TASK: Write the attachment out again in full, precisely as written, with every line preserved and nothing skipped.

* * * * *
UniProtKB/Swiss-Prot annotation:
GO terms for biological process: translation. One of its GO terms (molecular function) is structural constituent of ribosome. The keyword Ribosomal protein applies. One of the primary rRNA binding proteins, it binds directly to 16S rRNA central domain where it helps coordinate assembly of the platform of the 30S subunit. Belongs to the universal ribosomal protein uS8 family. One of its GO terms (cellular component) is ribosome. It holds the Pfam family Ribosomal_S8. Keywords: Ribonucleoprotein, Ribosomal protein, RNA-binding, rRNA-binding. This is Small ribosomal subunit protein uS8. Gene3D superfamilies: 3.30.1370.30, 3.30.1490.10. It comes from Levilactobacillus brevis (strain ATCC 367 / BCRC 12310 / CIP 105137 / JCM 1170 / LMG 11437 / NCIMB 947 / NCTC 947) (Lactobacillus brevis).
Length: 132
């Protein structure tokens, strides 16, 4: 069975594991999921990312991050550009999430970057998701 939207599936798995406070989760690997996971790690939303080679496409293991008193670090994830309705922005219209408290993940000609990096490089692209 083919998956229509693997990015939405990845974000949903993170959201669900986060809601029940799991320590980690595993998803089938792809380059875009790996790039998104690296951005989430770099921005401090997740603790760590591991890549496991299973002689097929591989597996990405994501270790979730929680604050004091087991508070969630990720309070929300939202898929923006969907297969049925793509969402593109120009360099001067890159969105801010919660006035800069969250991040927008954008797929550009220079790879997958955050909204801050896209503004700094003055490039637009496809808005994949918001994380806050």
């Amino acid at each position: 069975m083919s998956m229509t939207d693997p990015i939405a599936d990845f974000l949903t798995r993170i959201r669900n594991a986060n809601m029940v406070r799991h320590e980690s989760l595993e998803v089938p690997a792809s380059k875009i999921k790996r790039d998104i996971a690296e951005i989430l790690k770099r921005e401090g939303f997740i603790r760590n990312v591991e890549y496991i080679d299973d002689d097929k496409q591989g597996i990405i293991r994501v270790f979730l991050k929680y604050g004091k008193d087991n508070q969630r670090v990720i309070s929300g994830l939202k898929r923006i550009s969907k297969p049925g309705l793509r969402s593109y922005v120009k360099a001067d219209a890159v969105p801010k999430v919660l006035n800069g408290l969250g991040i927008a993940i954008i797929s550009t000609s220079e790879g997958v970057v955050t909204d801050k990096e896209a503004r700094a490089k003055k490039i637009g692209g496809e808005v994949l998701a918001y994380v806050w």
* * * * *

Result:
UniProtKB/Swiss-Prot annotation:
GO terms for biological process: translation. One of its GO terms (molecular function) is structural constituent of ribosome. The keyword Ribosomal protein applies. One of the primary rRNA binding proteins, it binds directly to 16S rRNA central domain where it helps coordinate assembly of the platform of the 30S subunit. Belongs to the universal ribosomal protein uS8 family. One of its GO terms (cellular component) is ribosome. It holds the Pfam family Ribosomal_S8. Keywords: Ribonucleoprotein, Ribosomal protein, RNA-binding, rRNA-binding. This is Small ribosomal subunit protein uS8. Gene3D superfamilies: 3.30.1370.30, 3.30.1490.10. It comes from Levilactobacillus brevis (strain ATCC 367 / BCRC 12310 / CIP 105137 / JCM 1170 / LMG 11437 / NCIMB 947 / NCTC 947) (Lactobacillus brevis).
Length: 132
């Protein structure tokens, strides 16, 4: 069975594991999921990312991050550009999430970057998701 939207599936798995406070989760690997996971790690939303080679496409293991008193670090994830309705922005219209408290993940000609990096490089692209 083919998956229509693997990015939405990845974000949903993170959201669900986060809601029940799991320590980690595993998803089938792809380059875009790996790039998104690296951005989430770099921005401090997740603790760590591991890549496991299973002689097929591989597996990405994501270790979730929680604050004091087991508070969630990720309070929300939202898929923006969907297969049925793509969402593109120009360099001067890159969105801010919660006035800069969250991040927008954008797929550009220079790879997958955050909204801050896209503004700094003055490039637009496809808005994949918001994380806050």
């Amino acid at each position: 069975m083919s998956m229509t939207d693997p990015i939405a599936d990845f974000l949903t798995r993170i959201r669900n594991a986060n809601m029940v406070r799991h320590e980690s989760l595993e998803v089938p690997a792809s380059k875009i999921k790996r790039d998104i996971a690296e951005i989430l790690k770099r921005e401090g939303f997740i603790r760590n990312v591991e890549y496991i080679d299973d002689d097929k496409q591989g597996i990405i293991r994501v270790f979730l991050k929680y604050g004091k008193d087991n508070q969630r670090v990720i309070s929300g994830l939202k898929r923006i550009s969907k297969p049925g309705l793509r969402s593109y922005v120009k360099a001067d219209a890159v969105p801010k999430v919660l006035n800069g408290l969250g991040i927008a993940i954008i797929s550009t000609s220079e790879g997958v970057v955050t909204d801050k990096e896209a503004r700094a490089k003055k490039i637009g692209g496809e808005v994949l998701a918001y994380v806050w």